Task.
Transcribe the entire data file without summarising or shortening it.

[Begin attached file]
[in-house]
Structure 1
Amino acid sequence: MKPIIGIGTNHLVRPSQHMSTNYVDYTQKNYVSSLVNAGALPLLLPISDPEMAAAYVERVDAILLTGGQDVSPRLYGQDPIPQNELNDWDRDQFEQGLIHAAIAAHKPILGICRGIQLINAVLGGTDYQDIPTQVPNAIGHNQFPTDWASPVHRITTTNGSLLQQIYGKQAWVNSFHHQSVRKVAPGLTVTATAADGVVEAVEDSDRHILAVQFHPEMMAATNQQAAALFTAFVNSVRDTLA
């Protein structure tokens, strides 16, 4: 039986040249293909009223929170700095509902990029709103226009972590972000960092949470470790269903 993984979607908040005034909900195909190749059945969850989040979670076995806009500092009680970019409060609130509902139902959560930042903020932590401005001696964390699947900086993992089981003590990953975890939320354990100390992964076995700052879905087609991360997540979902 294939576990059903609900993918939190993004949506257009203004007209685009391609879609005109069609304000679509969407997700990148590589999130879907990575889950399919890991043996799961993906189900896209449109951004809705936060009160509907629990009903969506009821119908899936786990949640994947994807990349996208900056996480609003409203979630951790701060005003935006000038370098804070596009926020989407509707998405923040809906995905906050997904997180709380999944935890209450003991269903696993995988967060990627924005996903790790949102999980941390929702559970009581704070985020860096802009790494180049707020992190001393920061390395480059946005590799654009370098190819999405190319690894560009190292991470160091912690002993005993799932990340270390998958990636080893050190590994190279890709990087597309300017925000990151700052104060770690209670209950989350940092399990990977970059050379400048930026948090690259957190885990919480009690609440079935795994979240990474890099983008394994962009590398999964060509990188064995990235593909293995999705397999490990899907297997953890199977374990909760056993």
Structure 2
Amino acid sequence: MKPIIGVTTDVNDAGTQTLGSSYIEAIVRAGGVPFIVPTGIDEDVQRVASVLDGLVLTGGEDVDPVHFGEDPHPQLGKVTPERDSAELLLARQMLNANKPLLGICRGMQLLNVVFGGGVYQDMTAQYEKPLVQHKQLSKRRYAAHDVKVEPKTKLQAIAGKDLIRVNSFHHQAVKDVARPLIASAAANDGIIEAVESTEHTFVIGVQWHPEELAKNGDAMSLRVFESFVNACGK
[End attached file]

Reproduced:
[in-house]
Structure 1
Amino acid sequence: MKPIIGIGTNHLVRPSQHMSTNYVDYTQKNYVSSLVNAGALPLLLPISDPEMAAAYVERVDAILLTGGQDVSPRLYGQDPIPQNELNDWDRDQFEQGLIHAAIAAHKPILGICRGIQLINAVLGGTDYQDIPTQVPNAIGHNQFPTDWASPVHRITTTNGSLLQQIYGKQAWVNSFHHQSVRKVAPGLTVTATAADGVVEAVEDSDRHILAVQFHPEMMAATNQQAAALFTAFVNSVRDTLA
């Protein structure tokens, strides 16, 4: 039986040249293909009223929170700095509902990029709103226009972590972000960092949470470790269903 993984979607908040005034909900195909190749059945969850989040979670076995806009500092009680970019409060609130509902139902959560930042903020932590401005001696964390699947900086993992089981003590990953975890939320354990100390992964076995700052879905087609991360997540979902 294939576990059903609900993918939190993004949506257009203004007209685009391609879609005109069609304000679509969407997700990148590589999130879907990575889950399919890991043996799961993906189900896209449109951004809705936060009160509907629990009903969506009821119908899936786990949640994947994807990349996208900056996480609003409203979630951790701060005003935006000038370098804070596009926020989407509707998405923040809906995905906050997904997180709380999944935890209450003991269903696993995988967060990627924005996903790790949102999980941390929702559970009581704070985020860096802009790494180049707020992190001393920061390395480059946005590799654009370098190819999405190319690894560009190292991470160091912690002993005993799932990340270390998958990636080893050190590994190279890709990087597309300017925000990151700052104060770690209670209950989350940092399990990977970059050379400048930026948090690259957190885990919480009690609440079935795994979240990474890099983008394994962009590398999964060509990188064995990235593909293995999705397999490990899907297997953890199977374990909760056993």
Structure 2
Amino acid sequence: MKPIIGVTTDVNDAGTQTLGSSYIEAIVRAGGVPFIVPTGIDEDVQRVASVLDGLVLTGGEDVDPVHFGEDPHPQLGKVTPERDSAELLLARQMLNANKPLLGICRGMQLLNVVFGGGVYQDMTAQYEKPLVQHKQLSKRRYAAHDVKVEPKTKLQAIAGKDLIRVNSFHHQAVKDVARPLIASAAANDGIIEAVESTEHTFVIGVQWHPEELAKNGDAMSLRVFESFVNACGK